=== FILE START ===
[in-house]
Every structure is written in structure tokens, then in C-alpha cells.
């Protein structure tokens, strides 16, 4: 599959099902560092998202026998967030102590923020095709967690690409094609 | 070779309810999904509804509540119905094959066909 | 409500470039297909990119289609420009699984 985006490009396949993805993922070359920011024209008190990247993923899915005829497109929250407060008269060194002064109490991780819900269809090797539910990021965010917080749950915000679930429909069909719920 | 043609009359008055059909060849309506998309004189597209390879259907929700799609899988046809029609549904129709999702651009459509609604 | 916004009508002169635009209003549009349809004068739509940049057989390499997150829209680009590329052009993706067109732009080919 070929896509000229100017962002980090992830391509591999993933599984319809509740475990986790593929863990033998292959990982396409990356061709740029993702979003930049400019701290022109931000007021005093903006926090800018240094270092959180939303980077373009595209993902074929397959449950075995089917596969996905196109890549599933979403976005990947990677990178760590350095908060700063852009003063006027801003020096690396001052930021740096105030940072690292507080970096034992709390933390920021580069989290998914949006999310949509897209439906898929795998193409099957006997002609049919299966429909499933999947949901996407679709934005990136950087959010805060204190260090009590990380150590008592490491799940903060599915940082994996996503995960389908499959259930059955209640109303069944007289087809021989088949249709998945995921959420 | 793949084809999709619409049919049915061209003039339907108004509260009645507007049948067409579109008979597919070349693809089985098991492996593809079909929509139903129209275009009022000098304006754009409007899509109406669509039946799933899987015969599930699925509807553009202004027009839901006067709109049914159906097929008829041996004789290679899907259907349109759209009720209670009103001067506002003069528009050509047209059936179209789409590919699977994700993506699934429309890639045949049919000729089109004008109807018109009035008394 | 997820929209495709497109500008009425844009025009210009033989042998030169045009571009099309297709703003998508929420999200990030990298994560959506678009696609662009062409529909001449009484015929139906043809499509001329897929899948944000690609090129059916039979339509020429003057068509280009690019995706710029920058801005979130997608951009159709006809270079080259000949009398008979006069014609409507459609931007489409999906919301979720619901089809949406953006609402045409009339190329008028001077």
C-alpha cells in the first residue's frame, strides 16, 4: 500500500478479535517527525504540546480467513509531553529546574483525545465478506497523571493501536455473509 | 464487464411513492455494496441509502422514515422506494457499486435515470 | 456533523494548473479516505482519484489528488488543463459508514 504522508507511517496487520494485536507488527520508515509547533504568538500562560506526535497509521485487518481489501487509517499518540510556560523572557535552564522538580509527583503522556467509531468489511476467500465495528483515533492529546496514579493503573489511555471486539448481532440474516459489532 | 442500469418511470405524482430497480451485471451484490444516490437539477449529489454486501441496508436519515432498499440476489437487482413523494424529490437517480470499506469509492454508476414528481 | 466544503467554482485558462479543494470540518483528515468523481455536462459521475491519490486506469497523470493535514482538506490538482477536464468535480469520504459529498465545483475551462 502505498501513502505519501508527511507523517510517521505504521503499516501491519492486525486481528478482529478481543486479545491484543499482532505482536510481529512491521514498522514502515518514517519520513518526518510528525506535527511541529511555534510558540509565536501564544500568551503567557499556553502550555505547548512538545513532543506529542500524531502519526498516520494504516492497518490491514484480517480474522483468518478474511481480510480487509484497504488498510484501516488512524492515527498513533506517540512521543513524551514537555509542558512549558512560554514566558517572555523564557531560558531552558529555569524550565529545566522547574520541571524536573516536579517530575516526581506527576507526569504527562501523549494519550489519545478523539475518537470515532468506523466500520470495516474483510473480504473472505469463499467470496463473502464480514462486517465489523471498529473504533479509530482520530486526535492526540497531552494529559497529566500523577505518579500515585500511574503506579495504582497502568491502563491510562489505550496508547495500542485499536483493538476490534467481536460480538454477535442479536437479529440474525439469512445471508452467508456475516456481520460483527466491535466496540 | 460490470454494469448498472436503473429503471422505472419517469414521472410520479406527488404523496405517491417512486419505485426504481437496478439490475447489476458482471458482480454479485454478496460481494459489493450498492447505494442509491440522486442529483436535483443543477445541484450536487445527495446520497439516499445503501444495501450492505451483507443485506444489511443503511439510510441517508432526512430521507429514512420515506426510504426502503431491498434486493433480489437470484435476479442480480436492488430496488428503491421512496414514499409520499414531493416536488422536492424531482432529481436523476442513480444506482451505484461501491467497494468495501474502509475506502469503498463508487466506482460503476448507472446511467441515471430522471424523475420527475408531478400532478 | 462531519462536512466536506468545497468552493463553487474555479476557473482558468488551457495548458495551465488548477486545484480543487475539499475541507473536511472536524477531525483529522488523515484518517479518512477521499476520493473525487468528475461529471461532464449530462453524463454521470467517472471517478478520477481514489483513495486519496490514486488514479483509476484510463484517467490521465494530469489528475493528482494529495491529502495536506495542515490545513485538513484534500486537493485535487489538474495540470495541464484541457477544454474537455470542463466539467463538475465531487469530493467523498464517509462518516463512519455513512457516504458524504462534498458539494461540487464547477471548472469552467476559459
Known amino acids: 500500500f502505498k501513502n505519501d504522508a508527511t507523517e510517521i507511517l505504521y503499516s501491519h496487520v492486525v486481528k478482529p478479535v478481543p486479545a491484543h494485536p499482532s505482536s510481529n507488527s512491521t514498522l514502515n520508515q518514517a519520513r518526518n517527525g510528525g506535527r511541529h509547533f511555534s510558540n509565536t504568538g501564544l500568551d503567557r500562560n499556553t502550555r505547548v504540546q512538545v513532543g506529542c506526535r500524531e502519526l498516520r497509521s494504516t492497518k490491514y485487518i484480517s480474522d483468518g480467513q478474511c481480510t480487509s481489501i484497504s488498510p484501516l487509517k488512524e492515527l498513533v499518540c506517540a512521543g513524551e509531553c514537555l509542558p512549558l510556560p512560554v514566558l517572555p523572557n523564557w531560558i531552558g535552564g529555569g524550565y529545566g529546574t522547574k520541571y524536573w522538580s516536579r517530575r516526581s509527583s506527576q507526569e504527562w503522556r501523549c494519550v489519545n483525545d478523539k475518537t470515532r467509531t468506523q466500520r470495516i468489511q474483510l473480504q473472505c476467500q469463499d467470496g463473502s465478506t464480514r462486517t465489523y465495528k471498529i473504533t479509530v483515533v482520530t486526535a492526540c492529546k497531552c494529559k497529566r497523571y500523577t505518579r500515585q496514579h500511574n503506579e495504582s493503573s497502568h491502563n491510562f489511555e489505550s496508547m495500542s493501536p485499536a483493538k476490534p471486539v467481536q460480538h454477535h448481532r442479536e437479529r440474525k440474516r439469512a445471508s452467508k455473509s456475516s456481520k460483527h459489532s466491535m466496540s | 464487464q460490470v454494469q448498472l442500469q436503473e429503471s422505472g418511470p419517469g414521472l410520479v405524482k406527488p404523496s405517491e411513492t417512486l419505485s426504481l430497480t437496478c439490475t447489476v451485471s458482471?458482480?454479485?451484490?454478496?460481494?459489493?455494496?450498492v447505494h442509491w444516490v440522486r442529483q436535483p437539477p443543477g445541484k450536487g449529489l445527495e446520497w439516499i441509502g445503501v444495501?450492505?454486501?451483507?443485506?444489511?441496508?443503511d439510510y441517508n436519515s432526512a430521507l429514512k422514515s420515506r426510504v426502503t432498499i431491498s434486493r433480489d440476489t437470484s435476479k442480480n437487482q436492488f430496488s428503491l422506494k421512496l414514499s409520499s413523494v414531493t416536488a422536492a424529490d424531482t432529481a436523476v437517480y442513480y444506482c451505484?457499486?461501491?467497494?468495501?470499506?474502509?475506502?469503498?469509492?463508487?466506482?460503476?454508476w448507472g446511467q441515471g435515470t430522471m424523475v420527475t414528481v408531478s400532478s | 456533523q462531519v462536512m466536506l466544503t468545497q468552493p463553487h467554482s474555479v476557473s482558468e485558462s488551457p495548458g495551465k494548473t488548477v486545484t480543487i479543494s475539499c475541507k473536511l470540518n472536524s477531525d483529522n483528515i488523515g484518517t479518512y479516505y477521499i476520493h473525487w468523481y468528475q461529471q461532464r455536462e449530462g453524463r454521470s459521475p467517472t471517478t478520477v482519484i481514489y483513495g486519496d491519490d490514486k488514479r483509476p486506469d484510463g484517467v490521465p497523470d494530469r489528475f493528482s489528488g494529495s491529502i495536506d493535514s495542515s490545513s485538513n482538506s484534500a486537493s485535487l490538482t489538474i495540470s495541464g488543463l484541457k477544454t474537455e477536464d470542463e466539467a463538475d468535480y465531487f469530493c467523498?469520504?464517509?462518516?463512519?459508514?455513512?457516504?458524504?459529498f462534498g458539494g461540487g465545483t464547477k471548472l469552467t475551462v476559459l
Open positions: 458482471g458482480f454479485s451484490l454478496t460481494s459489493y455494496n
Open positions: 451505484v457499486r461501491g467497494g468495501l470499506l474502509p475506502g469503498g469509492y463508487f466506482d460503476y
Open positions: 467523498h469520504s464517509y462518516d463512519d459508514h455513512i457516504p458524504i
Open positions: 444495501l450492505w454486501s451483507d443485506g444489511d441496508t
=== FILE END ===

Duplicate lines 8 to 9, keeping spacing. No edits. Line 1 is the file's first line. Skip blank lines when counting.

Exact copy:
Open positions: 467523498h469520504s464517509y462518516d463512519d459508514h455513512i457516504p458524504i
Open positions: 444495501l450492505w454486501s451483507d443485506g444489511d441496508t